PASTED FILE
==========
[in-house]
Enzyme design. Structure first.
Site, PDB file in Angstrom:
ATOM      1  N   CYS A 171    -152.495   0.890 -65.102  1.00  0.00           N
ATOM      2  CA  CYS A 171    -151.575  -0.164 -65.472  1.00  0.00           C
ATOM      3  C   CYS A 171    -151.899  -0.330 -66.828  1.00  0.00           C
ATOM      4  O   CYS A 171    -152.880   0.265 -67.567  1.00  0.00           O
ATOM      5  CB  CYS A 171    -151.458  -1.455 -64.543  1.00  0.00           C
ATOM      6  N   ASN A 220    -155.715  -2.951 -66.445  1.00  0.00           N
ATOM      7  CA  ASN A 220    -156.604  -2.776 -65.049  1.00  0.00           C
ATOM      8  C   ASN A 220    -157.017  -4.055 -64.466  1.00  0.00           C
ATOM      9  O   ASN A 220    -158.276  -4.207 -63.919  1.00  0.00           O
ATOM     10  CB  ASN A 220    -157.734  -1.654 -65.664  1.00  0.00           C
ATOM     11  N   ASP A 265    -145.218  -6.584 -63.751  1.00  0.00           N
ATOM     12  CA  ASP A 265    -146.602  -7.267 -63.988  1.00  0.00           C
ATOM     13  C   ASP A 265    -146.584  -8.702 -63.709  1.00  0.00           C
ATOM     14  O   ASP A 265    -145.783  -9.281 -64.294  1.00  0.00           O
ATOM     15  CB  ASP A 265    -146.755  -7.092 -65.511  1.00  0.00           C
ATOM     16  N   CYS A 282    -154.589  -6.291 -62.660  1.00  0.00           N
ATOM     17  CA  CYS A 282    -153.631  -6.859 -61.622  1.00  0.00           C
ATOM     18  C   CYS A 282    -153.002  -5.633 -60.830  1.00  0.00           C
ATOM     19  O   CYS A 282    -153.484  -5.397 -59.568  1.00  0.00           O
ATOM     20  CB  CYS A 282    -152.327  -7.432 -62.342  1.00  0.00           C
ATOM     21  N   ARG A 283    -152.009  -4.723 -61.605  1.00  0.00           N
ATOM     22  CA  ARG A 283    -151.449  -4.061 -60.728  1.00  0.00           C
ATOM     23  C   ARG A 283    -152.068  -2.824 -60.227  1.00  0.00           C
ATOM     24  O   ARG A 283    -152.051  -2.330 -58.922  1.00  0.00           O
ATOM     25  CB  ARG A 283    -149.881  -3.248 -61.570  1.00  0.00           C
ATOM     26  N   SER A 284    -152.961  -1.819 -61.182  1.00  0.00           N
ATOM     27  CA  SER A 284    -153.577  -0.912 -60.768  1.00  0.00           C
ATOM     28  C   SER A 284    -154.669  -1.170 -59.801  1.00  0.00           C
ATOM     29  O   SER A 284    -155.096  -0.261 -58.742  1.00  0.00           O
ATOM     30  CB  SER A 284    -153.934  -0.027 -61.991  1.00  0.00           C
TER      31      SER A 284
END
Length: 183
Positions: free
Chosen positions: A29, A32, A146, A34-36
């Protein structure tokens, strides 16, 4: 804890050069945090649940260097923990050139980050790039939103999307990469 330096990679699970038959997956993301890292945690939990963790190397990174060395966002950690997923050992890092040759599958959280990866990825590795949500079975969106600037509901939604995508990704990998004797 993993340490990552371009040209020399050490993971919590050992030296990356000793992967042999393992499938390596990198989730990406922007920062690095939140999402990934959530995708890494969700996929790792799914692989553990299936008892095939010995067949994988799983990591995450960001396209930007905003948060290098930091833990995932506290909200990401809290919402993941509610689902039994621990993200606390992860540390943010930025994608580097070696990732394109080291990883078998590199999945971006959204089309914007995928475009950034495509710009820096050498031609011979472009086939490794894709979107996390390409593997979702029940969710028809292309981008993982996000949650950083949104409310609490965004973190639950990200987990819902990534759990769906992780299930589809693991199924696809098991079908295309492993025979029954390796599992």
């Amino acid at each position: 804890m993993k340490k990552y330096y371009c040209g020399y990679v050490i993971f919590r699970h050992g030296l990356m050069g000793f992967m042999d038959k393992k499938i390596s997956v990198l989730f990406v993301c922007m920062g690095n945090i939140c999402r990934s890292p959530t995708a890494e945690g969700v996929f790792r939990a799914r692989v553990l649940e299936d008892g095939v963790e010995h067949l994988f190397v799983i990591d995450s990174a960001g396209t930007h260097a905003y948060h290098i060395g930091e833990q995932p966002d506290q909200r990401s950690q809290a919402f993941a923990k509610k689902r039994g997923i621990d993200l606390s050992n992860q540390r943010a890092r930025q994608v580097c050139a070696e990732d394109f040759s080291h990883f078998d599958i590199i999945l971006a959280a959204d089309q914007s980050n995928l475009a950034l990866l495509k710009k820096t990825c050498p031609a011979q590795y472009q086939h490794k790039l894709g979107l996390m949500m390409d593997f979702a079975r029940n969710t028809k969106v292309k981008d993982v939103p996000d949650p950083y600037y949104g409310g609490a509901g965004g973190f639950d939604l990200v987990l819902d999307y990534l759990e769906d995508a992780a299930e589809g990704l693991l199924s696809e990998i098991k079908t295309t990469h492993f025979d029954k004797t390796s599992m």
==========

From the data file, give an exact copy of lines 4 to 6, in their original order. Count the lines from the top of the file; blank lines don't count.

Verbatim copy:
ATOM      1  N   CYS A 171    -152.495   0.890 -65.102  1.00  0.00           N
ATOM      2  CA  CYS A 171    -151.575  -0.164 -65.472  1.00  0.00           C
ATOM      3  C   CYS A 171    -151.899  -0.330 -66.828  1.00  0.00           C